High Voltage Women of Passion

A Theatre Review of Fair and Furious by Frances Devlin-Glass

Fair and Furious: Women of the Táin, devised and performed by Niki na Meadhra, Celtic Club, Melbourne, 24-25 Feb. 2017niki-for-vv2

Bloomsday in Melbourne commissioned a one-woman show based on stories from Táin bó Cuailgne which focussed on the women, and the community was treated a weekend ago to the fruits of Niki na Meadhra’s labours.

It is not easy to find roads through the dense and intertwined  tales of the Ulster epic detailing the war over the brown bull, with its subtleties of rank and genealogies and its often feverish emotional excesses. There is a lot of learning of names and families and places, and Niki did not for a minute falter. Some of the stories, like those of Macha and Deirdre and the Morrigan stand alone and are more easily encompassed, and some are necessary preludes to the main action, but the central story, that of Mebh, is more difficult to piece together, and needs to be told with reference to the Hound of Cúlann.

Niki made her first tentative excursion into the material about eighteen months ago, and since then has had the chance to test the material in Ireland on the story-telling circuit, and gather more material. The current offering is a high-energy show that has come a long way from those tentative beginnings, and which has its own power and a huge emotional range. She brings to the material years of acting, and more recently, she has honed her skills in story-telling.  What is remarkable is the seductive quality of the tales themselves, their ability to reach out to mixed age-groups, to gesture to realities that adults understand differently from children. She bridged the chasm between innocence and maturity with grace and tact.

Using only a red-fringed scarf and a sword, she changed characters simply: Nes wore hers at her waist as befits a queen in search of a lover; Macha, the heavily pregnant horse goddess, wore it around her belly which she caressed as every expectant mother does; Deirdre wore it as a protective shawl which ironically fails to protect; the warrior queen Mebh wore it as a breastplate; and the Morrigan grew wings in her manifestation as the crow who presides over  death. These were simple and effective costume changes, fluidly executed, which kept the narrative flowing. The sword gave Mebh a sense of bravado, but was also comically used to scratch her back in the pillow-talk. I loved these sudden recalibrations in scale, the way the epic would suddenly give place to the domestic. The simplicity of the staging was inspired, placing the focus clearly on the performer and her stories. The only other prop was a simple Japanese-style red stool, sometimes a mount, at another time, a place of execution. The palette, mainly red, but with the decorative blue scarf for contrast, was as blood-soaked as the narrative.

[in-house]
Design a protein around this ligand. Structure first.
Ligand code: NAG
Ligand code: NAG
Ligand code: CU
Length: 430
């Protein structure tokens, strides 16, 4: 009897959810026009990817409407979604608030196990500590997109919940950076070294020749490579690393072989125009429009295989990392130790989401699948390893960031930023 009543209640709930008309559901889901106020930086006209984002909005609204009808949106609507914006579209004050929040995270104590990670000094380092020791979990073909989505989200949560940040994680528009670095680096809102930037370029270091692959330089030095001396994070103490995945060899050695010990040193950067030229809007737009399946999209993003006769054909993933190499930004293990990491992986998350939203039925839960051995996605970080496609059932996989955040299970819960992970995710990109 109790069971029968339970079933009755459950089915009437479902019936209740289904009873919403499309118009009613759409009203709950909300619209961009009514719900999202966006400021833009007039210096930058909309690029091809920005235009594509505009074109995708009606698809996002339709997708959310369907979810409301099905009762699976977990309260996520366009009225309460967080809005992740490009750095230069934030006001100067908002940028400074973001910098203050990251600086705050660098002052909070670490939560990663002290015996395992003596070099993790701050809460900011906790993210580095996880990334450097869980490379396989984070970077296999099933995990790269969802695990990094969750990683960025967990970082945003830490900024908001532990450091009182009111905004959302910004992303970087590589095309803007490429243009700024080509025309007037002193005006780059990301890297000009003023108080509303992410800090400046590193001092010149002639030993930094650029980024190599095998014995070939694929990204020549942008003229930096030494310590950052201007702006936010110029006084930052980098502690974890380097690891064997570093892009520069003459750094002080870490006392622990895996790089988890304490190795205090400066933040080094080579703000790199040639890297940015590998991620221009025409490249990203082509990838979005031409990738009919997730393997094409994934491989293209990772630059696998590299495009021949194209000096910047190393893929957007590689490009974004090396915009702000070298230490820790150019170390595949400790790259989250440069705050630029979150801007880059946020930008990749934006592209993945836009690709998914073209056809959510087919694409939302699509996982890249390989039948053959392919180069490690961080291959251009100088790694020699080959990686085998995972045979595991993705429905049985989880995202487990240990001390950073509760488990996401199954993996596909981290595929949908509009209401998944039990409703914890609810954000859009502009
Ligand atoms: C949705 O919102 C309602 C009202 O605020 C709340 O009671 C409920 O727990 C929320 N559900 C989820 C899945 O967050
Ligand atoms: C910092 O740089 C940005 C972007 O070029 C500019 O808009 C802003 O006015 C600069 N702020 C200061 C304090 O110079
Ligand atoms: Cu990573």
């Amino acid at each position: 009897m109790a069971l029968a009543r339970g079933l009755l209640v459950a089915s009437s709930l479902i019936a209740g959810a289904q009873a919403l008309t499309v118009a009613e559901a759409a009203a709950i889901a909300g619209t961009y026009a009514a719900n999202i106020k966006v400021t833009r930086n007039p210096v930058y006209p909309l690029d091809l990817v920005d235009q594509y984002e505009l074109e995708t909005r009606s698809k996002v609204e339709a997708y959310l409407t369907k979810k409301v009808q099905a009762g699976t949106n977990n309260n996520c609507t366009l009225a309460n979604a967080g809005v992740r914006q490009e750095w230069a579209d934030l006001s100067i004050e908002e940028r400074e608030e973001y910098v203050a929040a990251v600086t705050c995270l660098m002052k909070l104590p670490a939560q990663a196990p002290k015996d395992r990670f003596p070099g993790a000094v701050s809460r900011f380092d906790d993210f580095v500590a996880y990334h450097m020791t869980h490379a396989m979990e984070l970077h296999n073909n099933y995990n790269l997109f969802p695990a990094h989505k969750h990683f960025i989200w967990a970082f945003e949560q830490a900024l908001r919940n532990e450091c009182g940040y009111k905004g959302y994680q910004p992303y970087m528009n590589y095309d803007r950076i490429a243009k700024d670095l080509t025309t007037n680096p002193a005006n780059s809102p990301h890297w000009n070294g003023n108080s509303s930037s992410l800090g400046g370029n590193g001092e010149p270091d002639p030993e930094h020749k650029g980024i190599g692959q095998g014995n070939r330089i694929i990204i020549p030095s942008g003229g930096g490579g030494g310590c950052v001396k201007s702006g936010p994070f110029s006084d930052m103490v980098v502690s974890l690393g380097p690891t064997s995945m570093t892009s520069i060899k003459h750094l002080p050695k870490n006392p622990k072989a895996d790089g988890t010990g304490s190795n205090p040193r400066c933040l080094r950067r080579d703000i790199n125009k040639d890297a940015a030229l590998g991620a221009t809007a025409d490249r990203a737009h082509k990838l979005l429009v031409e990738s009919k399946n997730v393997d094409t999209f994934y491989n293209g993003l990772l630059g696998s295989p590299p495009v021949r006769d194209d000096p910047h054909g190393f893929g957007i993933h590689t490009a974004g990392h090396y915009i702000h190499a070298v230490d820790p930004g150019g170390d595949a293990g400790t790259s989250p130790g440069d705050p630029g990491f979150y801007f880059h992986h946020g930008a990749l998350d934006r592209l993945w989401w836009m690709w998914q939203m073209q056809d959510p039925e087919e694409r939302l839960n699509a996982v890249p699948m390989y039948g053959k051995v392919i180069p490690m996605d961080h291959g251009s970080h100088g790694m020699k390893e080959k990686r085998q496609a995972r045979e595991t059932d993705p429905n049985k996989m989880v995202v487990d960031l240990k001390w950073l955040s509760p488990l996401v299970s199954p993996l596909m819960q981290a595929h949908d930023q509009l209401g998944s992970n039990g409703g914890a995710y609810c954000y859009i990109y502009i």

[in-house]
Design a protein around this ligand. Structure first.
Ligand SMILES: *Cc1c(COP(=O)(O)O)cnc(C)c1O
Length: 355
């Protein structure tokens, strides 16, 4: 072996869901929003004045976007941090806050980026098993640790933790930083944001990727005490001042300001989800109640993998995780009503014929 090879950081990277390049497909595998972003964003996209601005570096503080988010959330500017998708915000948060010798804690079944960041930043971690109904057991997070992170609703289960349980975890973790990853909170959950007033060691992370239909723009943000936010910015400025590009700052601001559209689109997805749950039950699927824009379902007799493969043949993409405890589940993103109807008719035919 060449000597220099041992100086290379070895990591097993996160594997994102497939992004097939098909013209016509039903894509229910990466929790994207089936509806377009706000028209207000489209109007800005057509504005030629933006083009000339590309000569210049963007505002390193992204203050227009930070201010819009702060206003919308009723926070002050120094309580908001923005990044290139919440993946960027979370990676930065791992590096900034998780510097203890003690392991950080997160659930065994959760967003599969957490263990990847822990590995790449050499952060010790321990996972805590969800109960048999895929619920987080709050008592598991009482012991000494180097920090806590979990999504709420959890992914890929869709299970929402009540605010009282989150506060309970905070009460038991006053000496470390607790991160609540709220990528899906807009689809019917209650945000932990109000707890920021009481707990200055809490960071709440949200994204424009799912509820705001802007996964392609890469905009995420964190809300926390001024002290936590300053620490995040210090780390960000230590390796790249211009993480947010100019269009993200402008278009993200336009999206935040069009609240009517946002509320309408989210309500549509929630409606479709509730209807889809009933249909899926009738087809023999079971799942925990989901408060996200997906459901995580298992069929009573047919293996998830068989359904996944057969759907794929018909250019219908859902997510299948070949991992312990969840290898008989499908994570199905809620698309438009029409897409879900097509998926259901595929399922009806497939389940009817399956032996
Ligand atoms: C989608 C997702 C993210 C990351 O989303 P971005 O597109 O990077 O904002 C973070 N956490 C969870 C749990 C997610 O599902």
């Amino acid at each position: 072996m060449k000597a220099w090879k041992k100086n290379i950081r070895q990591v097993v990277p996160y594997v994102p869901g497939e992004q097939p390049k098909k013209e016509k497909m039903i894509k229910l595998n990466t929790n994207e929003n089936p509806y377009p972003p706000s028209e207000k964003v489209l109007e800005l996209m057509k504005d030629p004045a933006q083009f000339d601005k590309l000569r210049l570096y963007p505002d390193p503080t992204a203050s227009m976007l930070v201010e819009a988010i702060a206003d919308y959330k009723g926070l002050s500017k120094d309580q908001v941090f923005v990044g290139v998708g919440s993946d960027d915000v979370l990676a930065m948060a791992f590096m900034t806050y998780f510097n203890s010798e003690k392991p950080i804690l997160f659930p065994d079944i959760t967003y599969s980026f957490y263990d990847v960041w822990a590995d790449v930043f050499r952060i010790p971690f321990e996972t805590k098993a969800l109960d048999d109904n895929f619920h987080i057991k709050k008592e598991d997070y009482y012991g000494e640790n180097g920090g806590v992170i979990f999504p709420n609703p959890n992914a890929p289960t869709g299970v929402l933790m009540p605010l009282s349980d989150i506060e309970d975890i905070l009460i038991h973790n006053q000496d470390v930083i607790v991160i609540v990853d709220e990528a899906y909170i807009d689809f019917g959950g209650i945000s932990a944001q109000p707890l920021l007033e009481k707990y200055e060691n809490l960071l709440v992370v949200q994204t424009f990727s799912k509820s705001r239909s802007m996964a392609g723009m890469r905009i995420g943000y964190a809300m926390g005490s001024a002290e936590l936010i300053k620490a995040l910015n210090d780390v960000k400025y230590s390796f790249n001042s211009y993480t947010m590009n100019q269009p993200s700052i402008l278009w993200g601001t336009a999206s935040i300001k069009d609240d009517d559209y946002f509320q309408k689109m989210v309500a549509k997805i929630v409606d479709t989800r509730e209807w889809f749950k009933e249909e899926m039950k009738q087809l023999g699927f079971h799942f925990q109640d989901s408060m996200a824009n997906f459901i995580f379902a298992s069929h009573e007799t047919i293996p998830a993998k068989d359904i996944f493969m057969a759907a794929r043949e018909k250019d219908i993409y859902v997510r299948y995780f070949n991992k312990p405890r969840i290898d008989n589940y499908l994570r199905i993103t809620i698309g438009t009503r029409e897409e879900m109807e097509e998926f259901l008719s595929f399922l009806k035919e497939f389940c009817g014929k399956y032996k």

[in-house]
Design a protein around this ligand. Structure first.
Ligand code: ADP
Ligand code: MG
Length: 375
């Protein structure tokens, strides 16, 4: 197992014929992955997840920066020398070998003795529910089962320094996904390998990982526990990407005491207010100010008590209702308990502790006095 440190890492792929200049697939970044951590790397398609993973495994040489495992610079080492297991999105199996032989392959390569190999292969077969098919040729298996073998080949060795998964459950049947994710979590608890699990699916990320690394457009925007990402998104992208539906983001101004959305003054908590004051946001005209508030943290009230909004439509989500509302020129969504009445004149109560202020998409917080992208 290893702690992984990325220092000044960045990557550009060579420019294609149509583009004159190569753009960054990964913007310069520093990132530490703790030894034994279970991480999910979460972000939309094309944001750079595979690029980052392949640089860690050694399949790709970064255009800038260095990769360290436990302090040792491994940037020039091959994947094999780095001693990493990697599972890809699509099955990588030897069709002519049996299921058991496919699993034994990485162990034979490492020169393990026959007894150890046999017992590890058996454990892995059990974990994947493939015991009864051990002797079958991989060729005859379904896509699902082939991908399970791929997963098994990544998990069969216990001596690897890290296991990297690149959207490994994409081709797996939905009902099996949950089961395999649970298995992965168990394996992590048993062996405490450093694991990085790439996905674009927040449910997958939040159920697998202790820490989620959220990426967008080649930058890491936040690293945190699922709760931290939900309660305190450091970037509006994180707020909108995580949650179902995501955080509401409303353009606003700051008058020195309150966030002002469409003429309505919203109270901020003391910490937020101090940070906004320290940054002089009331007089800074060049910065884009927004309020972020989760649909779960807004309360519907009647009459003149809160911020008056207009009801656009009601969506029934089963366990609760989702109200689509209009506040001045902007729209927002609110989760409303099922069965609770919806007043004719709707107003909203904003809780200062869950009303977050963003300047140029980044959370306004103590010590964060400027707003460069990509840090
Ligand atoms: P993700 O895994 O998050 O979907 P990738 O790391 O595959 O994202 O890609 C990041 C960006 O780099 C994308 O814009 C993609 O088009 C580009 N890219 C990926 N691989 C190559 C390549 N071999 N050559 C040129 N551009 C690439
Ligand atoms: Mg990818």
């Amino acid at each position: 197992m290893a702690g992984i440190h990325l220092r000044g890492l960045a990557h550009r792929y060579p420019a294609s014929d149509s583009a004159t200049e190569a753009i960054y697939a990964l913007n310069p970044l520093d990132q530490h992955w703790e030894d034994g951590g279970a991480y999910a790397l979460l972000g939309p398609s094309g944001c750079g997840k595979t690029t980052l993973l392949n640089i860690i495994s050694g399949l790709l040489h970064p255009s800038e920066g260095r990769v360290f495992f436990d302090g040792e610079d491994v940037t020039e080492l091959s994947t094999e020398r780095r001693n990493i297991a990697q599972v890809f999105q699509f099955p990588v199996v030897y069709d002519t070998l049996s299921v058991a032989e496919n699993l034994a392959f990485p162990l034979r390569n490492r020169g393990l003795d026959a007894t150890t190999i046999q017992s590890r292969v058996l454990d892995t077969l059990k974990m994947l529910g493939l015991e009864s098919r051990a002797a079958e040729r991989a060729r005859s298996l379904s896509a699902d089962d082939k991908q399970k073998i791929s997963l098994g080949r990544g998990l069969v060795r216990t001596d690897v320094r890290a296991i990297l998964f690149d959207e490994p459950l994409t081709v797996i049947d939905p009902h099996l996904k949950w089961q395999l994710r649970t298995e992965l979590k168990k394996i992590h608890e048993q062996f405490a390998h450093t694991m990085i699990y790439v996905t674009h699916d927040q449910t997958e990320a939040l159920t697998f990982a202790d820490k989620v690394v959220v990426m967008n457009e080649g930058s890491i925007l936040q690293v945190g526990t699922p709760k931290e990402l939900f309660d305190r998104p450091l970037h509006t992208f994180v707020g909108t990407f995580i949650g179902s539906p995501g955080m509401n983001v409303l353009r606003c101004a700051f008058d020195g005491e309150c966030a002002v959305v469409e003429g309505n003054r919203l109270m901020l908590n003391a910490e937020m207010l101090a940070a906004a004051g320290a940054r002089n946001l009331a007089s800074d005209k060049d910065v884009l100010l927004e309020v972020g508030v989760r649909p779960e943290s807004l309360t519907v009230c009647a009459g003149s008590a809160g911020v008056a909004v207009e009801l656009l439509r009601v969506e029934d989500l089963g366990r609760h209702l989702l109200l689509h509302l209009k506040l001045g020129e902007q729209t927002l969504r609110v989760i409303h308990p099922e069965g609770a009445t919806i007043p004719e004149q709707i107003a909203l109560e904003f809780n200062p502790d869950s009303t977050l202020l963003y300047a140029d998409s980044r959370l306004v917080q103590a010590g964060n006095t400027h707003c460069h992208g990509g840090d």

The stories of the women are often moving, and sometimes very funny, and Niki’s script milked the material for all its variety of emotional range and depth. Mebh’s frustration at not being able to best Aillil’s dowry with what she brought into the marriage gives way to a rueful but big-hearted acknowledgement of their equality in their marriage, even if it is short-lived and she moves into scheming mode.  The story of Deirdre is similarly full of frustrated longing, but the ending of her quest for happiness is tragic.  Macha is also a woman bent on revenge and proper acknowledgement and the scene in which she is forced to race King Conchubar’s horse was brilliantly staged with a big loping action which abruptly ends with the birth of her twins, her rage at the men’s refusal to speak up for her, and her curse.

These are all women of great presence, self-respect, and they resist being deemed second-class or merely ornamental. Their lusts and desires are larger than life, and irresistible forces with which their men must reckon. Whatever the real position of women in the ancient culture that the stories depict, their narrative counterparts are strikingly autonomous.

The piece as devised is a remarkable vehicle for showcasing this bold performer’s many skills, and it will grow  with time. Her vocal range is broad, and she deploys it to good effect to convey states of the most delicate lyrical courting, to the fiercest of warrior rages. Her expressive gestural range is similarly able to move from delicacy to the theatrical and melodramatic, as the tales dictate. And always, there is the relish in what the tales have to say and the inventive ways they say them. I really appreciated the ways in which, in story-telling mode, the performer is not afraid to engage with her audience, to eyeball them, and to have the lights higher than is normal in a traditional theatre performance. Thanks to Alex for his provision of the lighting at short notice.

For the future, perhaps more of the story of Cúchulainn needs to be built into the show, to build a more coherent structure for those who are unfamiliar with the tales. I understand she chose to underplay Cúchulainn because she had so recently played the boy-hero for this audience, but Mebh’s climactic refusal to meet Cúchulainn in battle and her epic menses would serve to round out the collection of tales brilliantly, without taking away from the central role of the women in the cycle.

It’s been a labour of love to bring these fragmentary tales into an afternoon’s rather than a week’s story-telling, and also to do it without talking down, and without making an assault on innocence. This is already a strong show, and I predict that it will see many more performances, all over the world. I wish I could say get to a performance, but it has finished its short run. Tinteán will advise readers when it makes its next appearance.

Frances Devlin-Glass is a theatre critic of long standing and a member of the Tinteán editorial team.

 

 

 

 

 

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